A rising number of Zika-spreading mosquitoes across Miami-Dade County and on Miami Beach is triggering more aggressive control efforts, Miami-Dade County officials said Friday.
In recent weeks, about 160 traps posted around the county to monitor for Aedes aegypti mosquitoes, the urban mosquito that carries the virus, are increasingly catching more mosquitoes, said Miami-Dade County division director Gayle Love. That’s prompting mosquito officials to up their campaign to prevent another outbreak of the virus that last year made the county ground zero with the first active transmission zones in the continental U.S.
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With the exception of Miami Beach, Love would not say where numbers are high, only that traps countywide are averaging 16 mosquitoes. Anything above 10 is considered high.
Wherever they find high trap numbers, county officials plan on sending inspectors armed with back-pack foggers that apply a pyrethroid-based adulticide, she said. They will also spread an organic larvicide if they encounter breeding.
On the Beach, where last year’s transmission zone covered 4.5 square miles — about two-thirds of the city — workers will concentrate on an area between South Pointe Park and 63rd Street, Love said. Workers will also fan out across the ritzy islands in Biscayne Bay, where all but Rivo Alto, Belle Isle and Sunset Island 3 have high numbers, she said.
“These are female Aedes aegypti, the ones that will bite you, that are in the traps,” Love said.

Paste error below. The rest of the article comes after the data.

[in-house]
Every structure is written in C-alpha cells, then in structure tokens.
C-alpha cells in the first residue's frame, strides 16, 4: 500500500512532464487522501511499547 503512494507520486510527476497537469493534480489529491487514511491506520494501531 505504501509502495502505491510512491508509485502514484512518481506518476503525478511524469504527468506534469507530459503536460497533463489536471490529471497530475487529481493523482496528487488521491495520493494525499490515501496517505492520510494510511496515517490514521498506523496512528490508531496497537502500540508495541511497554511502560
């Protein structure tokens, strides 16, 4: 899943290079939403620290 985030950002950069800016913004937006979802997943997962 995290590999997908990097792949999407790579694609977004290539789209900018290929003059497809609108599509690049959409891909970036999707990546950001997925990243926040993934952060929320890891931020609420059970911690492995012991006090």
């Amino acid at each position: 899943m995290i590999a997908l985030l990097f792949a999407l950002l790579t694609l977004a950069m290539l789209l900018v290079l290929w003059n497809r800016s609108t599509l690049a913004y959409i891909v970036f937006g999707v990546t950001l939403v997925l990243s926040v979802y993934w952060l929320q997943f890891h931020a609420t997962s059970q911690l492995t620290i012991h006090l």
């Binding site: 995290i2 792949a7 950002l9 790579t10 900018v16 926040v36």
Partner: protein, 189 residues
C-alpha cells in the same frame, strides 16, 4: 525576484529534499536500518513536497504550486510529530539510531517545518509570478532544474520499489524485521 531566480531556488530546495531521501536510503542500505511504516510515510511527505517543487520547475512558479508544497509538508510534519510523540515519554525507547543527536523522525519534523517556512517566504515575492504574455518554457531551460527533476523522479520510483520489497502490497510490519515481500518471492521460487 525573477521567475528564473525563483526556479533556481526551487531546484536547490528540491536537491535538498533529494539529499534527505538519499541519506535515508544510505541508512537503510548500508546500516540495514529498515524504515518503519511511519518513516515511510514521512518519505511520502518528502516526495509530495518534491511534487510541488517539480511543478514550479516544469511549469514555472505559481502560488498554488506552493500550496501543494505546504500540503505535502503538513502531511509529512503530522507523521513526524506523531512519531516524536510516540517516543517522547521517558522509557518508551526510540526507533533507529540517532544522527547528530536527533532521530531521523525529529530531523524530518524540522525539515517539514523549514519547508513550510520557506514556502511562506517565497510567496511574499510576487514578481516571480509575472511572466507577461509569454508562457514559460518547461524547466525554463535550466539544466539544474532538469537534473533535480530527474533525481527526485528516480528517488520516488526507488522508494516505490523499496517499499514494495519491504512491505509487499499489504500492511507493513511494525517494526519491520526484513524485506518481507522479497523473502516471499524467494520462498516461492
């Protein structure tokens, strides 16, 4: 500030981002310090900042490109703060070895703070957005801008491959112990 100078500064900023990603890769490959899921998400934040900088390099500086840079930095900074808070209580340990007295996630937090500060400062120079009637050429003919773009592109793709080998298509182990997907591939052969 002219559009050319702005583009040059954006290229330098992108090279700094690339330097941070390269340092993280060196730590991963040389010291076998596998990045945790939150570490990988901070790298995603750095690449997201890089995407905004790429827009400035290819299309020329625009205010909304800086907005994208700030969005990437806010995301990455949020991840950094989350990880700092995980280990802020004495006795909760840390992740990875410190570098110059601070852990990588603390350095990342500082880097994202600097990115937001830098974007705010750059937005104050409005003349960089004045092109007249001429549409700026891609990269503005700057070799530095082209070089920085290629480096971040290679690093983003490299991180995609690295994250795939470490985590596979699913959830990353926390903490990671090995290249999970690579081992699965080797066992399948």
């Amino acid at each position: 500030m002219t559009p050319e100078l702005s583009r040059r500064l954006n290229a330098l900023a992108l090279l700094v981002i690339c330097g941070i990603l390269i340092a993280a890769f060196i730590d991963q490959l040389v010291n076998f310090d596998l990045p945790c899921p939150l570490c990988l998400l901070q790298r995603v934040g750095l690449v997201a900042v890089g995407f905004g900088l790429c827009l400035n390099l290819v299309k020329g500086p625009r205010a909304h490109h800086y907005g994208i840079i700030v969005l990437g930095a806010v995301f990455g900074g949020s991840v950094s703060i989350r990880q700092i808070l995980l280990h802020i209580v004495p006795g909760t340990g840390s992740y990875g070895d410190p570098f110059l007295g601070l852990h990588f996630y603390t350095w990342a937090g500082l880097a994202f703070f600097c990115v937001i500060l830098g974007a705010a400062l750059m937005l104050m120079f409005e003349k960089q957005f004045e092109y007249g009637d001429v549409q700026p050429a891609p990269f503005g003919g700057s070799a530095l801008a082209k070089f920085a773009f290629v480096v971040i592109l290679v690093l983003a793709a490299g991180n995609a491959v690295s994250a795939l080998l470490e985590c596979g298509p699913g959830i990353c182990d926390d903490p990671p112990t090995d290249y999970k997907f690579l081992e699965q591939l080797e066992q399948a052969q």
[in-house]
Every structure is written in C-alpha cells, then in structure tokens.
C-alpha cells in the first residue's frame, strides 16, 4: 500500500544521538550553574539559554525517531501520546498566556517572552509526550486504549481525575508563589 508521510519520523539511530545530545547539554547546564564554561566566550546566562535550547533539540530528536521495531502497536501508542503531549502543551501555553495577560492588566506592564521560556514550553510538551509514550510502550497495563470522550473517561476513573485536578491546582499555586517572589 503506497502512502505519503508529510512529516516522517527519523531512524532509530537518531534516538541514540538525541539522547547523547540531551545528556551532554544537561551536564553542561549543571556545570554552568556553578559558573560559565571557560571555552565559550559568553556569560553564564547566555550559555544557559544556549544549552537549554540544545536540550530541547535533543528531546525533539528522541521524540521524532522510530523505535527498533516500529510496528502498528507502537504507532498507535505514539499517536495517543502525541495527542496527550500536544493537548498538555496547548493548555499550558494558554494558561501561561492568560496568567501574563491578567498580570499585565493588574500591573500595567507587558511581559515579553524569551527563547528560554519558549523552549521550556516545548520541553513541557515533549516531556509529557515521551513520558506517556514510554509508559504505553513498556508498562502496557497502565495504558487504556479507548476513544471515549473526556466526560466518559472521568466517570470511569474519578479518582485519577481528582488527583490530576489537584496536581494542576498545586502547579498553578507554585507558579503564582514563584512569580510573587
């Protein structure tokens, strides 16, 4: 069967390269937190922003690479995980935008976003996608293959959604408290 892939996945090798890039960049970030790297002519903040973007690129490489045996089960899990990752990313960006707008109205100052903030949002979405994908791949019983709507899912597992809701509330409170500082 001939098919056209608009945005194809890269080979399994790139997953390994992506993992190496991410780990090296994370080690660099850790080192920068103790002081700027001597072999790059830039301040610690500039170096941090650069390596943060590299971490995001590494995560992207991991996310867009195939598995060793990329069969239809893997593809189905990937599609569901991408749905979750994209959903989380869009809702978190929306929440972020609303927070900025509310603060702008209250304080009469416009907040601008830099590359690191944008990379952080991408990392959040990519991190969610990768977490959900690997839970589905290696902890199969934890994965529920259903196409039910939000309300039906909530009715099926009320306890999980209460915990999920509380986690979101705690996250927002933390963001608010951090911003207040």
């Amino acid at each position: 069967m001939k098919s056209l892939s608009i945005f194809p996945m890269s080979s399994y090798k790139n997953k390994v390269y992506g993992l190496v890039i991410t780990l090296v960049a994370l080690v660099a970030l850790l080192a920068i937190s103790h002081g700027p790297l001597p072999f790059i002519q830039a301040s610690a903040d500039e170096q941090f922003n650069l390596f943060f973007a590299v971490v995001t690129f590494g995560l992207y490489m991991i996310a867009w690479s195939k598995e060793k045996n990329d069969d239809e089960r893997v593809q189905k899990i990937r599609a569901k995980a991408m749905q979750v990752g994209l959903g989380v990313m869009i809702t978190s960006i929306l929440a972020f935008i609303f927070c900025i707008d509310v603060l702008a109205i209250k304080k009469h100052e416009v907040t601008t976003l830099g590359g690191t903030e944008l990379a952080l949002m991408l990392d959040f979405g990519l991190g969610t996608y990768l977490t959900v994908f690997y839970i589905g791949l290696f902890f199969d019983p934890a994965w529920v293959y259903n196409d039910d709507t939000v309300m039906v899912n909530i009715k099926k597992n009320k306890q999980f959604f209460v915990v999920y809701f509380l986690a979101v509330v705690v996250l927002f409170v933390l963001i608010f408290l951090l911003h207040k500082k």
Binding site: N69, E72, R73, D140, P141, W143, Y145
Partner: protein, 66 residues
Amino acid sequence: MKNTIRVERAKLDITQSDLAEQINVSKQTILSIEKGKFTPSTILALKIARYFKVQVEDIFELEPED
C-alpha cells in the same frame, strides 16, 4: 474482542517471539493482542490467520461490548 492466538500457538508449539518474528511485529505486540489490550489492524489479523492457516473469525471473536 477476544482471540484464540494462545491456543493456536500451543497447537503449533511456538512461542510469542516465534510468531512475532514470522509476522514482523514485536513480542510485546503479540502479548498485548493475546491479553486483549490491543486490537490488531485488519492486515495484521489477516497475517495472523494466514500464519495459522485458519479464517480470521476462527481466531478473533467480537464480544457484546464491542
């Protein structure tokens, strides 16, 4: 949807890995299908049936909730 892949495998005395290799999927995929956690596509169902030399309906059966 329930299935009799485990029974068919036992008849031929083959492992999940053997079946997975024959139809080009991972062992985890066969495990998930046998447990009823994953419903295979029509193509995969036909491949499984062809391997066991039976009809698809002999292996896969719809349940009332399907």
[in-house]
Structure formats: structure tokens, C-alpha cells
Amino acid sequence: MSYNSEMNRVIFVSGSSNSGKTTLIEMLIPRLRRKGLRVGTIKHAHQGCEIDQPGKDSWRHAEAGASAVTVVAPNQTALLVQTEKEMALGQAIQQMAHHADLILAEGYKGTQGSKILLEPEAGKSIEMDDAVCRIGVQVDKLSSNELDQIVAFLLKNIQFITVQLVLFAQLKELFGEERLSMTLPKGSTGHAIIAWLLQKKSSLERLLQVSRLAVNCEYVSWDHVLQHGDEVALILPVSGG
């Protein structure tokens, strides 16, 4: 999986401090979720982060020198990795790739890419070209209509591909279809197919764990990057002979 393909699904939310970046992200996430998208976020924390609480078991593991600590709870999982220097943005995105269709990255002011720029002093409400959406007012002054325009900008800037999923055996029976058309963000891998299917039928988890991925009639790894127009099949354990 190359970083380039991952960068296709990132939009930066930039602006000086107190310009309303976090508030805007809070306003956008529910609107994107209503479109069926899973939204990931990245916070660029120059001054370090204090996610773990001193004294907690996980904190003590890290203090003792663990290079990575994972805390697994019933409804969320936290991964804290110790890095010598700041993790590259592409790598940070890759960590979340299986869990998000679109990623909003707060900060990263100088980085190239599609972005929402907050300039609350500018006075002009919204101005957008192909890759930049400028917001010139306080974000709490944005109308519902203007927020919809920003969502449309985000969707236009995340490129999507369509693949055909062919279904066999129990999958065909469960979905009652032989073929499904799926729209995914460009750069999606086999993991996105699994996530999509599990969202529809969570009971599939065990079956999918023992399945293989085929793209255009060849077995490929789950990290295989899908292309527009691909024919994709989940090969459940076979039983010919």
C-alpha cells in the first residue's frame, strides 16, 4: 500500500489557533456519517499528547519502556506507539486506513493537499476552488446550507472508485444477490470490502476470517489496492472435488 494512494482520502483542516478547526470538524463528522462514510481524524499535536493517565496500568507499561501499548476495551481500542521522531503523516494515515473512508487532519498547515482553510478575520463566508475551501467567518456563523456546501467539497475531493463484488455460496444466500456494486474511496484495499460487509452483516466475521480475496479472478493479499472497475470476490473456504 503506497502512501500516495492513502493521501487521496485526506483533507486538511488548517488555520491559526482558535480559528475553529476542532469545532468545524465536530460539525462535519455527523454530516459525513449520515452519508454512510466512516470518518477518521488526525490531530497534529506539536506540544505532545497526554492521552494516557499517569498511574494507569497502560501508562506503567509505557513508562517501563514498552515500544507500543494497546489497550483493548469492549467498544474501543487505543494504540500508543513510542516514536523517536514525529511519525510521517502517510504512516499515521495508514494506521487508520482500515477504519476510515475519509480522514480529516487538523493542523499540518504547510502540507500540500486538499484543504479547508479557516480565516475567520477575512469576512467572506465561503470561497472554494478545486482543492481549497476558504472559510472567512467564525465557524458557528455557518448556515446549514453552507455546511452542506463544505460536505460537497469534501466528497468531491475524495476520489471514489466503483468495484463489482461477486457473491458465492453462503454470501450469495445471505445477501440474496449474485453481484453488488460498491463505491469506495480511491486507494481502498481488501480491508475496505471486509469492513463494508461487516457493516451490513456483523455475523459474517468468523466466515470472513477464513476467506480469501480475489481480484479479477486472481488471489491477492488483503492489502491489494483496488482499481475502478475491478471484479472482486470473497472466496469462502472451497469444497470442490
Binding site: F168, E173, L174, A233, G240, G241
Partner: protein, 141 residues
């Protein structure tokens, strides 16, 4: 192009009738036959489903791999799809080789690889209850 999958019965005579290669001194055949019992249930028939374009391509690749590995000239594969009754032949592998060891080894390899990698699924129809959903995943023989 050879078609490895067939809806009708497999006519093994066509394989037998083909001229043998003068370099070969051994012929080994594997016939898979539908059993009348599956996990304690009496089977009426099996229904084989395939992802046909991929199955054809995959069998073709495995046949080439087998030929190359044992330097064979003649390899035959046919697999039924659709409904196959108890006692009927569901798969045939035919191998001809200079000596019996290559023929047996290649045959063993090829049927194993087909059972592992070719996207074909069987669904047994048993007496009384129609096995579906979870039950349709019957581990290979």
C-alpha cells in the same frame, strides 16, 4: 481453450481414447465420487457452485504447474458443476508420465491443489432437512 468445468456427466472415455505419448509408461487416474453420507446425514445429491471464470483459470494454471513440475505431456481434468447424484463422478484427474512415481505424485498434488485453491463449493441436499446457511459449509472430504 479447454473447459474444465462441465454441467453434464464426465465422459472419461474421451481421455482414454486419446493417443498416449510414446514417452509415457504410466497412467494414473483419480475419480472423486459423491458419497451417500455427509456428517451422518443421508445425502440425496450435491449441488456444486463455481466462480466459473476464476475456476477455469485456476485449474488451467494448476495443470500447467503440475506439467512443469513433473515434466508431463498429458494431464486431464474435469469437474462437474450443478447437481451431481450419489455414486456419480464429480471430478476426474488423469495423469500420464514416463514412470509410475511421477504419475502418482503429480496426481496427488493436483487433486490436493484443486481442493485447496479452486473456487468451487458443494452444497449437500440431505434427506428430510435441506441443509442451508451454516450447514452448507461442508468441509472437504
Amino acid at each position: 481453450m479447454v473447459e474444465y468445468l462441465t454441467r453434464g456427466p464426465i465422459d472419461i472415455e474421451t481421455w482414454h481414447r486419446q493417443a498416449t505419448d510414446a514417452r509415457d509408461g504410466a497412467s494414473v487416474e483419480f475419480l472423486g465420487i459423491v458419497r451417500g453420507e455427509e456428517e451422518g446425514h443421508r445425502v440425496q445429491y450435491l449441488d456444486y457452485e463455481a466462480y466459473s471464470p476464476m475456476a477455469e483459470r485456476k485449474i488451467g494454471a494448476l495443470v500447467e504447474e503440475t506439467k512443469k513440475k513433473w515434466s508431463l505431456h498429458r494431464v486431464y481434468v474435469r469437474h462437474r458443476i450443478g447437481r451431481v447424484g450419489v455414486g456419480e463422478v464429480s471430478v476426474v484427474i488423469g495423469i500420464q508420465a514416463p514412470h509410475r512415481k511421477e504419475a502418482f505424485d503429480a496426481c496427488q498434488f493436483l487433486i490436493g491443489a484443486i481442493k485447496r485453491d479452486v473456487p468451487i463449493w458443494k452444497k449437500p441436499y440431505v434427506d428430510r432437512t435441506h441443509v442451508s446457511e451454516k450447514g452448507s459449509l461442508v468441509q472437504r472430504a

So far this year, Florida health officials have confirmed 29 travel-related Zika cases in Miami-Dade County but no locally acquired infections. Statewide, health officials have confirmed 72.
Last year, neighborhoods in Wynwood, Little River and the Beach became the first spots in the nation, along with Puerto Rico, where people began contracting the virus. Federal, state and local officials responded with an aggressive war on the mosquitoes, which increase the risk of infection as their numbers rise.
The U.S. Centers for Disease Control and Prevention found that a combination of aerial spraying with the controversial pesticide naled and an organic larvicide succeeded in driving down mosquito populations. But critics have repeatedly complained that naled, which is banned in Europe and kills bees, butterflies and other pollinators, is too risky, with not enough known about its potential health effects.
After being criticized last year for doing too little in advance of the season despite repeated warnings, county officials this year continued spreading larvicides throughout the winter and spring to keep the traditional mosquito season that arrives with summer rain under control.
So far this season, the county has sprayed naled twice to control pesky marsh mosquitoes, which do not carry the virus.
Last week, a Miami Beach doctor asked a U.S. district judge to order an emergency injunction to stop the aerial spraying. A status conference on the complaint is scheduled for July 12.
Follow Jenny Staletovich on Twitter @jenstaletovich